P.G. Wodehouse used to write musicals. Indeed, that's where most of his money came from for a long time. He also did us all a favour by writing about writing. Unfortunately, both books (The Performing Flea and the expanded Wodehouse On Wodehouse) seem to be out of print. But I read them so you don't have to.
Anyway, when writing musicals the problem for Wodehouse was the performers. Actors may be cattle, but they are vicious cattle. Wodehouse had to accommodate the whims, vanities and contracts of the stars, starlets and gas giants of Broadway.
"Why don't I have any good lines in this scene?" they would demand. "I don't even go on in act two." "I demand a huge emotional moment to display my roscian powers."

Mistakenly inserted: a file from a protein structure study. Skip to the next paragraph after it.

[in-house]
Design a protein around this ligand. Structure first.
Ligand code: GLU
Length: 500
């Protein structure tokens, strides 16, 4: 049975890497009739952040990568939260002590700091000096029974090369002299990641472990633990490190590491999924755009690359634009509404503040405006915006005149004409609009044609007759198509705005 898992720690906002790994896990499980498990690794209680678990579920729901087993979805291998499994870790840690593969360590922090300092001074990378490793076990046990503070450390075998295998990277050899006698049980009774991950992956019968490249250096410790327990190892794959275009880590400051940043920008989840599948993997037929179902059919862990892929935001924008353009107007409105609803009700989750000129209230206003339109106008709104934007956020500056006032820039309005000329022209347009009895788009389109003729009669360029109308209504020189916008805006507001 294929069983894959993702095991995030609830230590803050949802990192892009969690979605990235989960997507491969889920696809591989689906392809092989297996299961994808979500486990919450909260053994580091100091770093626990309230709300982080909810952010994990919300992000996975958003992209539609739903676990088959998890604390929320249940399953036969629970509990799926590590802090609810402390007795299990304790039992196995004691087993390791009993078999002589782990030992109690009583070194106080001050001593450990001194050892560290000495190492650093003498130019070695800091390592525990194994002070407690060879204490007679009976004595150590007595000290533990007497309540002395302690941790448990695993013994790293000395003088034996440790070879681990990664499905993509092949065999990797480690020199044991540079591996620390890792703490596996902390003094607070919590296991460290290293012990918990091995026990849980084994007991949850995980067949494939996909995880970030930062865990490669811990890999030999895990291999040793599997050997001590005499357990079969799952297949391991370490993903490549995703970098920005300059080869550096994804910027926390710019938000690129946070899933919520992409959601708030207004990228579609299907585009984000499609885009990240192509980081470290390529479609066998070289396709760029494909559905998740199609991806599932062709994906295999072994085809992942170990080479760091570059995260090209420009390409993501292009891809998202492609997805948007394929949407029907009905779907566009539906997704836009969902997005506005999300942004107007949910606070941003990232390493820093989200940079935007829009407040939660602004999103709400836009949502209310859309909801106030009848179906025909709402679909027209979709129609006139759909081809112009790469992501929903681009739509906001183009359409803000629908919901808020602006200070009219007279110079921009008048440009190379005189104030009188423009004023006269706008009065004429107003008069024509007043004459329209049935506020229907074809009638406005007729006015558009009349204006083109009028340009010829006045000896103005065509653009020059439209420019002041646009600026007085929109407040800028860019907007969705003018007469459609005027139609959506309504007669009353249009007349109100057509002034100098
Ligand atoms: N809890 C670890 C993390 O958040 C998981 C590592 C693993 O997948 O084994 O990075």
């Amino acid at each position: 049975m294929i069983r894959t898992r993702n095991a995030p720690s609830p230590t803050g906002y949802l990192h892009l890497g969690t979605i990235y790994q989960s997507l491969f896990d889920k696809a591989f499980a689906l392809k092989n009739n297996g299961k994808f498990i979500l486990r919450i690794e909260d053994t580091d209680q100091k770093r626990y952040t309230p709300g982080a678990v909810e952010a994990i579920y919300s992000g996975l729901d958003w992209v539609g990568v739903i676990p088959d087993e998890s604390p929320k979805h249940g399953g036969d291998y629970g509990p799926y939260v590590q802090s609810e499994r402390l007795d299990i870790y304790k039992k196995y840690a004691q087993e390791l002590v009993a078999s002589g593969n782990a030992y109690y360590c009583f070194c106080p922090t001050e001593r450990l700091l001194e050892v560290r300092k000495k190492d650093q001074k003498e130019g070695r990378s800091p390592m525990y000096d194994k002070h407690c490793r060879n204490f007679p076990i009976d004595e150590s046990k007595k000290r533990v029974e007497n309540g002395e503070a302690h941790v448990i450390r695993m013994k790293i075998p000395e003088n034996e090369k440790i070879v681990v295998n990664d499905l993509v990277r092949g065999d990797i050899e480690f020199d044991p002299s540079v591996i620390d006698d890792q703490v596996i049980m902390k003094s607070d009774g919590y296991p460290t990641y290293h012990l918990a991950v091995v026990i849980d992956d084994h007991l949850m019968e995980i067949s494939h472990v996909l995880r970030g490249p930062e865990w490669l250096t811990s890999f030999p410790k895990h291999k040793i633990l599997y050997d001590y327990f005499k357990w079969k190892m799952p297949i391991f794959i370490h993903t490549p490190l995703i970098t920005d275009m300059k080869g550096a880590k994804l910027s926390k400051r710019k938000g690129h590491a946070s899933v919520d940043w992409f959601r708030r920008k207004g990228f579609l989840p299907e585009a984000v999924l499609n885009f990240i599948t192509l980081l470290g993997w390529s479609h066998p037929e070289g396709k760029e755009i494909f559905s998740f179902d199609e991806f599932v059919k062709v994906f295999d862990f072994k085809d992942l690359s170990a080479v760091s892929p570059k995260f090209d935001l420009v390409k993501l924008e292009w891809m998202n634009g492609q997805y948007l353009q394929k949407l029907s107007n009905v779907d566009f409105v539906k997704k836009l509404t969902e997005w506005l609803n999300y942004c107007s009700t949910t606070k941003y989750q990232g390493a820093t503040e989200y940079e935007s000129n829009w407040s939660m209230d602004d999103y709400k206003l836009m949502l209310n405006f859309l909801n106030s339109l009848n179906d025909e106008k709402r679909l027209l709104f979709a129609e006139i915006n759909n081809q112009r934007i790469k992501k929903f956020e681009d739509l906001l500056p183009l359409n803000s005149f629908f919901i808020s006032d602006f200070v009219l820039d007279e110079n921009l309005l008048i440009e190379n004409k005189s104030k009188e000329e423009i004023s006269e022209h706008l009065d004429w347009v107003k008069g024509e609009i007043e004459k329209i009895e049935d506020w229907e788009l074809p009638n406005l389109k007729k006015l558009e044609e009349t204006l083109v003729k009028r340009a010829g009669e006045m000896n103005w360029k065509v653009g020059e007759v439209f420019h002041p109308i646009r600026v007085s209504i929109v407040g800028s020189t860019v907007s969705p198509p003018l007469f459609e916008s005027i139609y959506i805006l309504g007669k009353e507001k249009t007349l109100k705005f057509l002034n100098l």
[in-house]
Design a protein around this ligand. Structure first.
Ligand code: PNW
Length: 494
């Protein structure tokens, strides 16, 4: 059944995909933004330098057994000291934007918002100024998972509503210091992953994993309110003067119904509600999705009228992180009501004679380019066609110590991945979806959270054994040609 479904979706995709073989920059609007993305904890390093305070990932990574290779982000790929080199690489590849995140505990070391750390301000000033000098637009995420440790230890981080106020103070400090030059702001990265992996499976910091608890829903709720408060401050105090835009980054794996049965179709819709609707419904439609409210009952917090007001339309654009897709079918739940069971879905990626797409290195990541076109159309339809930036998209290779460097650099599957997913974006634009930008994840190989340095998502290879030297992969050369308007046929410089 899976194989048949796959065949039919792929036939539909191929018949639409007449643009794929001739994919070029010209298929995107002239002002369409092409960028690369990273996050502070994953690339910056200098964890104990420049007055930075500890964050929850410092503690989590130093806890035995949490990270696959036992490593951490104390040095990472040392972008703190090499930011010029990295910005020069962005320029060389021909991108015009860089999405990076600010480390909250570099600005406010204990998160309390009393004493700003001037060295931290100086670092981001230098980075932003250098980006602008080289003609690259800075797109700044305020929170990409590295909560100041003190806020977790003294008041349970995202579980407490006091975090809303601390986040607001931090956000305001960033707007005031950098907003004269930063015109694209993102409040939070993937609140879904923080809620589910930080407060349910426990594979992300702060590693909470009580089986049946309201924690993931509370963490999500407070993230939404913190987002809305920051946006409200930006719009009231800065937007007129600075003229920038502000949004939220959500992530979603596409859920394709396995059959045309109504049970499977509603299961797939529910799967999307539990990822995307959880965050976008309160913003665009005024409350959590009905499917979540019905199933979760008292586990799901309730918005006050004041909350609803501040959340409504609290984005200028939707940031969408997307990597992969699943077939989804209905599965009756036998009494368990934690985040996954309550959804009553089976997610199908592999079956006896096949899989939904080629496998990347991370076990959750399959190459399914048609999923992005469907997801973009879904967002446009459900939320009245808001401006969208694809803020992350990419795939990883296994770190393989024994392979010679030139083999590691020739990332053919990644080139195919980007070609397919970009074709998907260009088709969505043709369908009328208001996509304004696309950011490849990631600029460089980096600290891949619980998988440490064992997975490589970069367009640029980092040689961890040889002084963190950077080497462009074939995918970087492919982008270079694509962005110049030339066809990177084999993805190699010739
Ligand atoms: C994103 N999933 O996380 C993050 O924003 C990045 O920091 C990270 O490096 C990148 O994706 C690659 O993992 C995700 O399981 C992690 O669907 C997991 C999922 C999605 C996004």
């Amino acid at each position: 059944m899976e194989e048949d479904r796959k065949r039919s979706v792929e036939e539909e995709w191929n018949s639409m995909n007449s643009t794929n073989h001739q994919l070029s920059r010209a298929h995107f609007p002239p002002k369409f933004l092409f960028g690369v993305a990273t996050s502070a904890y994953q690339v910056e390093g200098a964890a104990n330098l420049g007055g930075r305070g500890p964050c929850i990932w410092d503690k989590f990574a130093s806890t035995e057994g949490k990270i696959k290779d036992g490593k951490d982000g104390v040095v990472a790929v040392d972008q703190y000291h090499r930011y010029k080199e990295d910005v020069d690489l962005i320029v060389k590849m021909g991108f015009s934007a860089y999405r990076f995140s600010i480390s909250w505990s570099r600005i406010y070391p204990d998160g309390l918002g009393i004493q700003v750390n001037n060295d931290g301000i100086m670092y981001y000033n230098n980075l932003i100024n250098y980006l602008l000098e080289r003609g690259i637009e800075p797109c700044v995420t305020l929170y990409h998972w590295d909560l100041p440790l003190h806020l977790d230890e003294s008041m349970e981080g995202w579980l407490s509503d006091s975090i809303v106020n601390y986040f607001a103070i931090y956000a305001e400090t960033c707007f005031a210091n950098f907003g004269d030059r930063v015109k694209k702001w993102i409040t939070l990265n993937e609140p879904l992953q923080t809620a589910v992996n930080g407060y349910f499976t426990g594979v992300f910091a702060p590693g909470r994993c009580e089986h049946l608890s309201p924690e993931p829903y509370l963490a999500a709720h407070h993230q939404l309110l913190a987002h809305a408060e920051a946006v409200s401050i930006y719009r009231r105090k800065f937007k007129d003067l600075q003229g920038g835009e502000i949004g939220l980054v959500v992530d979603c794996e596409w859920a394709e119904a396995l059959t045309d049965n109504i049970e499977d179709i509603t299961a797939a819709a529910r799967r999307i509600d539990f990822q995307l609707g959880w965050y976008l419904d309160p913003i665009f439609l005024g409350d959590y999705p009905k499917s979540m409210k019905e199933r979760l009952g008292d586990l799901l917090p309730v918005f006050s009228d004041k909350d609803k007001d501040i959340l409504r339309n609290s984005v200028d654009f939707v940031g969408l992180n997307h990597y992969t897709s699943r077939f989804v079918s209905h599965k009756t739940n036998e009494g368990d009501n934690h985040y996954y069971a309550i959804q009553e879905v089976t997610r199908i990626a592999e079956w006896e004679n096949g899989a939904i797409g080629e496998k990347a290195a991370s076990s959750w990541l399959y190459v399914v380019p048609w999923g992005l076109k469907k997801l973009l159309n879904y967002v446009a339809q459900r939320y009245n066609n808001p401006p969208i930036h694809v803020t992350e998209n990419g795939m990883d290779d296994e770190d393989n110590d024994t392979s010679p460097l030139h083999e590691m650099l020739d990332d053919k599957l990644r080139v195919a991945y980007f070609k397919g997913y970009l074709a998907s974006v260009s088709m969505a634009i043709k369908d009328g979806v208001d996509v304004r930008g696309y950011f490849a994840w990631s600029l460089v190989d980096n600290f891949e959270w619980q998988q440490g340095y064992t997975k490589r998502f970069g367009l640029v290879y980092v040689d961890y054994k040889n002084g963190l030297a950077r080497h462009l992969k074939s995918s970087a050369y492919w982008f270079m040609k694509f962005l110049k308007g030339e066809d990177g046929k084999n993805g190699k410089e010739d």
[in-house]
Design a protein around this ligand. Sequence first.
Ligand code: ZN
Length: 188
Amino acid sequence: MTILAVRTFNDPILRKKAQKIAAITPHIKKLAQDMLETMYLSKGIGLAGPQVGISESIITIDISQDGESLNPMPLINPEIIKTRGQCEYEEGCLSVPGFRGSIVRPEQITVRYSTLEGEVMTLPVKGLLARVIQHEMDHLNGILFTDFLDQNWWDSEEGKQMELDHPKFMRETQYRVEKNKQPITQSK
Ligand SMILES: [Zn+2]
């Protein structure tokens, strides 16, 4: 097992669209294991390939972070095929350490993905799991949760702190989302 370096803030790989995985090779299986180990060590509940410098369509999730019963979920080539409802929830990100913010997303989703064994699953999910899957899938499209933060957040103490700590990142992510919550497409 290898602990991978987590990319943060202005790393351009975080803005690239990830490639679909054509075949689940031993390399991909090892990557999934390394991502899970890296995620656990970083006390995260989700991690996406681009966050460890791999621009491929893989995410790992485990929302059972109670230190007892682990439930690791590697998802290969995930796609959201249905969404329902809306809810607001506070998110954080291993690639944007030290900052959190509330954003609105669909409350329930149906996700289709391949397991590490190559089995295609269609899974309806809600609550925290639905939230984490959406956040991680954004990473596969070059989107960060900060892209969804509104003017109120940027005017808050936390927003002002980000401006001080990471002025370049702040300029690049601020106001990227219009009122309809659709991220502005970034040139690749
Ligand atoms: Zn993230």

One would imagine that poor Pelham Grenville would have been happy to get back to his novels and short stories. There, alone with his typewriter and his imagination, he would be free. But this was not the case.
Wodehouse realised how right the actors were. You simply can't leave a character without a good line. You can't drop somebody half way through a story. Everybody needs a personality or tic. So he would make a point of imagining that he was writing for horrid, vain, demanding actors. He would try to foresee and forestall their complaints and vanities.
And the result was the Blandings books and the Jeeves books and the Psmith books and that whole heap of wonderfulness that we read today.
Often, Constraint is the doting mother of Invention, whilst Freedom sits among her squalid brood refusing even to change Drivel's nappy.
Wodehouse arguing with an actor